Primatologist Andie Ang On How We Can Best Protect Endangered Primates
Ironically, conservationist Andie Ang first became interested in primates after she received a live vervet monkey as a gift. It was illegally taken from Zambia by sailor friends of her relatives.
“I was only 10 years old and did not fully grasp the difference between a wild animal and a domestic pet. So I raised the monkey like I would a pet dog until I learned, through watching him every day, that he was miserable chained up at home,” Ang says.
The monkey was eventually repatriated back to Africa, but the close-up experience sparked a passion in Andie to study primates, beginning with a stint at the Singapore Zoo, and later at Khao Yai National Park in Thailand observing white-handed gibbons. She enjoyed it so much that she continued her research in the different forests of Asia, and eventually pursued a doctorate project on leaf-eating monkeys in Vietnam.
Today, Ang chairs the Raffles’ Banded Langur Working Group, which includes representatives from the Wildlife Reserves Singapore, National Parks Board, and Jane Goodall Institute Singapore (JGIS). The project aims to conserve the Raffles’ banded langurs—black and white monkeys native to Singapore. There are currently fewer than 60 langurs left in Singapore, so the group hopes to protect and restore their habitats; gather data on them through long‑term research and monitoring; and secure the necessary resources and commitment to the species' conservation in Singapore and Malaysia. The initiative is funded by the Wildlife Reserves Singapore Conservation Fund and has the long-term goal of continuing its conservation work for the next 10 to 15 years.
As vice-president of JGIS—the Singapore chapter of the global non-profit organisation started by world-renowned primatologist and conservationist Jane Goodall to inspire individual action in improving the understanding, welfare and conservation of primates—Ang also works with the team to come up with public educational programmes. These include monthly Monkey Walks at Lower Peirce and MacRitchie reservoir parks, as well as Bukit Timah Nature Reserve; a Monkey Guard programme to help residents near macaque hotspots to co-exist with monkeys; and getting youths to be macaque awareness ambassadors under the Roots & Shoots programme.
JGIS president Tay Kae Fong says, “Like Dr Goodall, we believe there’s reason for hope if we all act now. In Singapore, we take a species-specific approach to primate conservation. For the langurs, we focus on surveys of their small population and work with other stakeholders to increase their numbers.”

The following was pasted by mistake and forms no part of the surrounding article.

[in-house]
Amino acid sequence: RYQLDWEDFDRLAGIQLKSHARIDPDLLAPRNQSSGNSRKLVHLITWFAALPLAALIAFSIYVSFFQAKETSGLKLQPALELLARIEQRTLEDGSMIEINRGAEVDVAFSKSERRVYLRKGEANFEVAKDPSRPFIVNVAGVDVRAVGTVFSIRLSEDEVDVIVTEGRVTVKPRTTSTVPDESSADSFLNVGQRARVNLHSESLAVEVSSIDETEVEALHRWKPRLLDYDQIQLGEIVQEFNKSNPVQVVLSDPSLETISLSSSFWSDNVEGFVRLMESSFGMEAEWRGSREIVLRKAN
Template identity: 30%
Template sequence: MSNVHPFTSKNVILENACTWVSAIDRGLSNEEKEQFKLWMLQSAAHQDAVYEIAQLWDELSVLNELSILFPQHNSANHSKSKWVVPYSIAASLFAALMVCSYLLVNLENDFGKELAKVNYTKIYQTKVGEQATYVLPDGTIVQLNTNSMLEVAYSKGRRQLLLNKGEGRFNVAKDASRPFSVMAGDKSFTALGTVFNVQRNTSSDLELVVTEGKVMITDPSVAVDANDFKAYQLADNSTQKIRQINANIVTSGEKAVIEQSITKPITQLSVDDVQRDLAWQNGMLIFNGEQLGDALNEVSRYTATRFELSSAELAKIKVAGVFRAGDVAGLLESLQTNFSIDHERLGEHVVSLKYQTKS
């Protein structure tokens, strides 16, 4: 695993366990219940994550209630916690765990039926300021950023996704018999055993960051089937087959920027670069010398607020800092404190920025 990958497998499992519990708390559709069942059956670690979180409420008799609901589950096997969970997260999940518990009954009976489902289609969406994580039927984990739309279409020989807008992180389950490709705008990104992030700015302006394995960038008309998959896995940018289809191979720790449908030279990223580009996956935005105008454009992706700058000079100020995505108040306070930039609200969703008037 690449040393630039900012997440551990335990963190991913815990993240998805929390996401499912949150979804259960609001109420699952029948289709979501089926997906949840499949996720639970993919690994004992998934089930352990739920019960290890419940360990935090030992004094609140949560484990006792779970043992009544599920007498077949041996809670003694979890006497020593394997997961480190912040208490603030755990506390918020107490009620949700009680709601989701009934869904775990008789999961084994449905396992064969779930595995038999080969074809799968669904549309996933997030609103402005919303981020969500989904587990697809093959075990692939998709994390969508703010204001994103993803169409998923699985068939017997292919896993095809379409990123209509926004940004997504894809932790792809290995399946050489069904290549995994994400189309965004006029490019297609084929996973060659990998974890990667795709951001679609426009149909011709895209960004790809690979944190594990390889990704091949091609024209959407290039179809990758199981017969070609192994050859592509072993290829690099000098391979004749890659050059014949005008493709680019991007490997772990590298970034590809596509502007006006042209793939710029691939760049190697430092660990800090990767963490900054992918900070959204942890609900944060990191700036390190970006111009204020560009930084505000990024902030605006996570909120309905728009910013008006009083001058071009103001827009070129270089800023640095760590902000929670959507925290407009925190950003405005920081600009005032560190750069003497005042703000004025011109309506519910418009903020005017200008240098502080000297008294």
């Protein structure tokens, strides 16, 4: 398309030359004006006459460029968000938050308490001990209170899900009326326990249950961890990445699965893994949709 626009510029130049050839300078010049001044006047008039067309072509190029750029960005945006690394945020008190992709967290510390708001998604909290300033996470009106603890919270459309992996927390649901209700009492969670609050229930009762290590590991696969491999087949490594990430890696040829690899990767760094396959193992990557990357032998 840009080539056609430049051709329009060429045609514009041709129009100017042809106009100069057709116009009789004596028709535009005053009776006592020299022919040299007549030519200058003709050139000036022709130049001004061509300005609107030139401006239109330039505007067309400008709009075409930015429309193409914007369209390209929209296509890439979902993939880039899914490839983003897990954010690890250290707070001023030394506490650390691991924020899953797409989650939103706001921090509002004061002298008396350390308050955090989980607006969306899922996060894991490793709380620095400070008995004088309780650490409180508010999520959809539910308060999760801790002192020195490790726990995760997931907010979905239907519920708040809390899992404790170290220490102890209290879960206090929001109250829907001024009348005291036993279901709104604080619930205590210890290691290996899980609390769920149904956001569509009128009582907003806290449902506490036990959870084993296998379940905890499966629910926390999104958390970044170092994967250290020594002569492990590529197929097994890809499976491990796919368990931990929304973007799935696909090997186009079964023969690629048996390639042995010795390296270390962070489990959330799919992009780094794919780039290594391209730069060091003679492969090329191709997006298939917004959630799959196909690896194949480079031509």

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Ang believes that protecting and living in harmony with our local wild animals is the responsible thing for the human population to do. During Goodall’s visit to Singapore in August 2017, JGIS formed a Macaque Working Group with other non-profit and government organisations to come up with conflict prevention and standardised protocols to minimise incidents between macaques and humans. Tay says, “For the long‑tailed macaques, it’s about reducing human-macaque conflicts.”
“These native animals share our urban and forested environments and I believe that they shouldn’t be treated as if they don’t belong here. Our society is mature enough and ready to find solutions to minimise human-wildlife conflicts. Singapore still has plenty of wildlife and natural areas, and it is not too late to find ways to develop sustainably and coexist with our wild neighbours," says Ang.
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Ang also created a website where she shares information on different primates and their specific localities, as well as the researchers and conservationists that the public can contact.
Recalling Goodall’s handwritten postcard from their 2015 meeting, where the conservationist had commended her doctorate research on Tonkin snub-nosed monkeys found on the difficult terrain of Khau Ca in Vietnam, Ang says, “Her words of encouragement continue to motivate me today. I’ve always been inspired by her simple approach towards conservation, which is honouring the connectedness between people, animals and their environment."
“Being in the concrete jungle for too long will distance us from nature, to the extent that we’d have no reservations removing it. An important first step is to further integrate nature into our educational curriculum and our daily lives.”
See honourees from the Environment category of the Gen.T List 2019.